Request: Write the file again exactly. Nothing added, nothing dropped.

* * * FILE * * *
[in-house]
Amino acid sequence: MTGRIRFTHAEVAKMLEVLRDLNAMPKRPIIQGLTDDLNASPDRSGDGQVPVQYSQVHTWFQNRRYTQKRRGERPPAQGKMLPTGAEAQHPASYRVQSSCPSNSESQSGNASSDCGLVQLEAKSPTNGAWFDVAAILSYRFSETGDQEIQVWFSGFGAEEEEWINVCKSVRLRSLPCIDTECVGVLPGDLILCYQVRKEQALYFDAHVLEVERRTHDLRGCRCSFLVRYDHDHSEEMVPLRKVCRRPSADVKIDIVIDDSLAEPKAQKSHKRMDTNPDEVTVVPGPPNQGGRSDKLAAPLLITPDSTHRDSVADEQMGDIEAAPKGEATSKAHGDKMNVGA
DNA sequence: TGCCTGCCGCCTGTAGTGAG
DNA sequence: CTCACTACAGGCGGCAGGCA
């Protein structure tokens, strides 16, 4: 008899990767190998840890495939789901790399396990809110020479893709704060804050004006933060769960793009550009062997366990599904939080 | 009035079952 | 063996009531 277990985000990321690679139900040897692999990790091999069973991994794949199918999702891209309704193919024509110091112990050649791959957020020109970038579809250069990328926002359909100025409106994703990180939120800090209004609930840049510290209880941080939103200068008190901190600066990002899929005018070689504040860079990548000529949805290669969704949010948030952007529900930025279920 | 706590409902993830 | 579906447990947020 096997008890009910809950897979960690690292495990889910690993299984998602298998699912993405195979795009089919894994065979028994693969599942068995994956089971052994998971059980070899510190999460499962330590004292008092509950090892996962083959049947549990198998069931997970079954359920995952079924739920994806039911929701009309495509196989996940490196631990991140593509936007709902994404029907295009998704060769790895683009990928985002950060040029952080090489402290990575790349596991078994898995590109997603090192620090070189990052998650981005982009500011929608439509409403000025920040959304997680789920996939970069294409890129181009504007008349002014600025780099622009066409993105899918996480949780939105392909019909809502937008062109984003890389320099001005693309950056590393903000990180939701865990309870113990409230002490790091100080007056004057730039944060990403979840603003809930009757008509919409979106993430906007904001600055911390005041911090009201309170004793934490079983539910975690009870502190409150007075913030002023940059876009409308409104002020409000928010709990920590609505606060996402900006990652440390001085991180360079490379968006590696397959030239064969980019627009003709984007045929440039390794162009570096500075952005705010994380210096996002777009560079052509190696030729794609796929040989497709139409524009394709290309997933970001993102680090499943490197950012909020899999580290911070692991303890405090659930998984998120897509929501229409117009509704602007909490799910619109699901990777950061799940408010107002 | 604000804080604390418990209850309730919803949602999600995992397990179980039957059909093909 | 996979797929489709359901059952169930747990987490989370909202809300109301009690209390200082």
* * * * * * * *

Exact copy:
[in-house]
Amino acid sequence: MTGRIRFTHAEVAKMLEVLRDLNAMPKRPIIQGLTDDLNASPDRSGDGQVPVQYSQVHTWFQNRRYTQKRRGERPPAQGKMLPTGAEAQHPASYRVQSSCPSNSESQSGNASSDCGLVQLEAKSPTNGAWFDVAAILSYRFSETGDQEIQVWFSGFGAEEEEWINVCKSVRLRSLPCIDTECVGVLPGDLILCYQVRKEQALYFDAHVLEVERRTHDLRGCRCSFLVRYDHDHSEEMVPLRKVCRRPSADVKIDIVIDDSLAEPKAQKSHKRMDTNPDEVTVVPGPPNQGGRSDKLAAPLLITPDSTHRDSVADEQMGDIEAAPKGEATSKAHGDKMNVGA
DNA sequence: TGCCTGCCGCCTGTAGTGAG
DNA sequence: CTCACTACAGGCGGCAGGCA
């Protein structure tokens, strides 16, 4: 008899990767190998840890495939789901790399396990809110020479893709704060804050004006933060769960793009550009062997366990599904939080 | 009035079952 | 063996009531 277990985000990321690679139900040897692999990790091999069973991994794949199918999702891209309704193919024509110091112990050649791959957020020109970038579809250069990328926002359909100025409106994703990180939120800090209004609930840049510290209880941080939103200068008190901190600066990002899929005018070689504040860079990548000529949805290669969704949010948030952007529900930025279920 | 706590409902993830 | 579906447990947020 096997008890009910809950897979960690690292495990889910690993299984998602298998699912993405195979795009089919894994065979028994693969599942068995994956089971052994998971059980070899510190999460499962330590004292008092509950090892996962083959049947549990198998069931997970079954359920995952079924739920994806039911929701009309495509196989996940490196631990991140593509936007709902994404029907295009998704060769790895683009990928985002950060040029952080090489402290990575790349596991078994898995590109997603090192620090070189990052998650981005982009500011929608439509409403000025920040959304997680789920996939970069294409890129181009504007008349002014600025780099622009066409993105899918996480949780939105392909019909809502937008062109984003890389320099001005693309950056590393903000990180939701865990309870113990409230002490790091100080007056004057730039944060990403979840603003809930009757008509919409979106993430906007904001600055911390005041911090009201309170004793934490079983539910975690009870502190409150007075913030002023940059876009409308409104002020409000928010709990920590609505606060996402900006990652440390001085991180360079490379968006590696397959030239064969980019627009003709984007045929440039390794162009570096500075952005705010994380210096996002777009560079052509190696030729794609796929040989497709139409524009394709290309997933970001993102680090499943490197950012909020899999580290911070692991303890405090659930998984998120897509929501229409117009509704602007909490799910619109699901990777950061799940408010107002 | 604000804080604390418990209850309730919803949602999600995992397990179980039957059909093909 | 996979797929489709359901059952169930747990987490989370909202809300109301009690209390200082």